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Views of young people using augmentative and alternative communication systems

Lookup NU author(s): Emerita Professor Helen McConachie


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Children with physical impairments who cannot use intelligible speech are often recommended augmentative and alternative communication (AAC) systems. In England and Wales, it is usually the job of speech and language therapists to support development in AAC skills. This paper reports findings from discussion with children and young people who use AAC systems concerning their attitudes and opinions towards the organization of speech and language therapy, the role of the speech and language therapist in school and issues concerned with AAC systems themselves. Six young adults and 17 children from London education authorities were interviewed on a one-to-one basis and in focus groups. Children were interviewed who had a communication aid incorporating at least 20 symbols and/or pictures and/or written words, language understanding at the two-word level and above, i.e. they demonstrated understanding of adult requests with at least two information carrying words. For children using communication aids, it is conceivable that their communication systems do not contain appropriate symbol vocabulary to express complex ideas, opinions and feelings. Consequently, a symbol-based interview tool was designed to allow children to express complex issues through visual means. Most children interviewed reported that their AAC system was useful to them. Further analysis of opinions revealed that negative attitudes towards AAC systems were primarily associated with operational issues (technical skills required to operate an AAC system) and issues of self-image/identity, and to some degree, with a lack of perceived benefit in interaction. In apparent contrast to therapists' preferred models of working, children and young people identified a preference for therapy organized on a one-to-one basis targeting Linguistic and operational skills. It is suggested that more acceptable and individualized design of AAC systems could have implications for their use in school and other contexts. The value of service users' views in service planning and evaluation are discussed.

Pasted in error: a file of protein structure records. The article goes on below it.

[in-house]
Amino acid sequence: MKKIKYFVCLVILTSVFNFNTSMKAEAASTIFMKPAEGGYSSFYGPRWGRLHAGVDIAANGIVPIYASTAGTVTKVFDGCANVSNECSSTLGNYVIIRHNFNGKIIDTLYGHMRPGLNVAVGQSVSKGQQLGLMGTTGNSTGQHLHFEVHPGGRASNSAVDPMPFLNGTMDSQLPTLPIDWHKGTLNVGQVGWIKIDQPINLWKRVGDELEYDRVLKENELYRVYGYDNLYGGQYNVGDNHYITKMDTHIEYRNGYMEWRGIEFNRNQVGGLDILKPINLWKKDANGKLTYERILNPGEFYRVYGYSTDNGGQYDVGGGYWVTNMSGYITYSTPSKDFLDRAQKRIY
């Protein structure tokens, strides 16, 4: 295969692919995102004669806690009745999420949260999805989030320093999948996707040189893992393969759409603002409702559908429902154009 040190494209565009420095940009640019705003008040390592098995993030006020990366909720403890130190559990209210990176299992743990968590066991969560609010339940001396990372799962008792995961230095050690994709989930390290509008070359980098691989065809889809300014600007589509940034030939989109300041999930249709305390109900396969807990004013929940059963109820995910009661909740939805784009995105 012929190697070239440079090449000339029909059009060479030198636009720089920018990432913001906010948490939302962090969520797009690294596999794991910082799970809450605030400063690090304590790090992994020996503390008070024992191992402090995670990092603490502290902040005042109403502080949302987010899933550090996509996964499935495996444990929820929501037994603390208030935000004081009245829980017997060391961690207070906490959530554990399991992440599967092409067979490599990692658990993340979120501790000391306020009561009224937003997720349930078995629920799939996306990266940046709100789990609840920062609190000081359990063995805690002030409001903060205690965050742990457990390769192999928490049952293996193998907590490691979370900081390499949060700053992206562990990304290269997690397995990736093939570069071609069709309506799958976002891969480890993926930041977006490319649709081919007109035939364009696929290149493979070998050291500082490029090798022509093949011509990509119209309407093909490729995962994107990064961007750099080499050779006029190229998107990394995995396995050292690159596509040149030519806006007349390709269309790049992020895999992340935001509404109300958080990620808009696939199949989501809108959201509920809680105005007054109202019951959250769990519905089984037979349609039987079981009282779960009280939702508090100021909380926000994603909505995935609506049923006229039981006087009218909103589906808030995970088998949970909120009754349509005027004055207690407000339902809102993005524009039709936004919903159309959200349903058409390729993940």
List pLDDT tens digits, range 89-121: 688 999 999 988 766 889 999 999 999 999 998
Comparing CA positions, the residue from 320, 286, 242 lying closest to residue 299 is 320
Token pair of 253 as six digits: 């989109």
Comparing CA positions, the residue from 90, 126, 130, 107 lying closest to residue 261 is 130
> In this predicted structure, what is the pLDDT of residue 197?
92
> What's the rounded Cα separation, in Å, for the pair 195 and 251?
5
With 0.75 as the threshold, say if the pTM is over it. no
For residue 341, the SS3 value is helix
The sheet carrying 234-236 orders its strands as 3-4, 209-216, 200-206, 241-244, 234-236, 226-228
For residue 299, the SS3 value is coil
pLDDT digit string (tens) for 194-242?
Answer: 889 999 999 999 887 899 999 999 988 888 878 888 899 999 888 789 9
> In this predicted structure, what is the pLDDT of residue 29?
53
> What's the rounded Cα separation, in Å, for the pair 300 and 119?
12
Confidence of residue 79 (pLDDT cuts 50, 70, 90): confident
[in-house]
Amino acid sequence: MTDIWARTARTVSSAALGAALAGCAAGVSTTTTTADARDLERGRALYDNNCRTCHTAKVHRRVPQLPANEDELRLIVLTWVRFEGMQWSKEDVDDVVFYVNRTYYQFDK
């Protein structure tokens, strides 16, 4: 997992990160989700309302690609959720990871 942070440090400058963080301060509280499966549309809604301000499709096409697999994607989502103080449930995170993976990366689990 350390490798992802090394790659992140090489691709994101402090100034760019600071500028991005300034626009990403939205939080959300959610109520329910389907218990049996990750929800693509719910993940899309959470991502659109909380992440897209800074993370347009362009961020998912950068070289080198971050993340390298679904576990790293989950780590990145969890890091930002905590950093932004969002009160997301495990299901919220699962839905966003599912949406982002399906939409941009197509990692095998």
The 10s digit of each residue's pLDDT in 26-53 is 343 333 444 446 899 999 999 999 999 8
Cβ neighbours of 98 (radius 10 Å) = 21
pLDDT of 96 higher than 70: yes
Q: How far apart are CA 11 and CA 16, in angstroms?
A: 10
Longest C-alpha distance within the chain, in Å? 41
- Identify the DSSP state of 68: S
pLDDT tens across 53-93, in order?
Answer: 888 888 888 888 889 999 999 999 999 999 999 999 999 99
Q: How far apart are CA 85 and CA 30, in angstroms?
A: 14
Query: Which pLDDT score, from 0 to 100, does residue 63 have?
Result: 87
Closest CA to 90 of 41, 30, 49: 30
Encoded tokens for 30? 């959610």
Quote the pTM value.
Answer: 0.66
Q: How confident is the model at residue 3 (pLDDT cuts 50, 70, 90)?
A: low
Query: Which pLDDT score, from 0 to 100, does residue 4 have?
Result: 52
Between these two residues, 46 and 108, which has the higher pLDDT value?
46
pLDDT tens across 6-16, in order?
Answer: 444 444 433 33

Publication metadata

Author(s): McConachie H; Clarke M; Price K; Wood P

Publication type: Editorial

Publication status: Published

Journal: International Journal of Language & Communication Disorders

Year: 2001

Volume: 36

Issue: 1

Pages: 107-115

ISSN (print): 1868-2822

ISSN (electronic): 1460-6984

Publisher: John Wiley & Sons


DOI: 10.1080/13682820150217590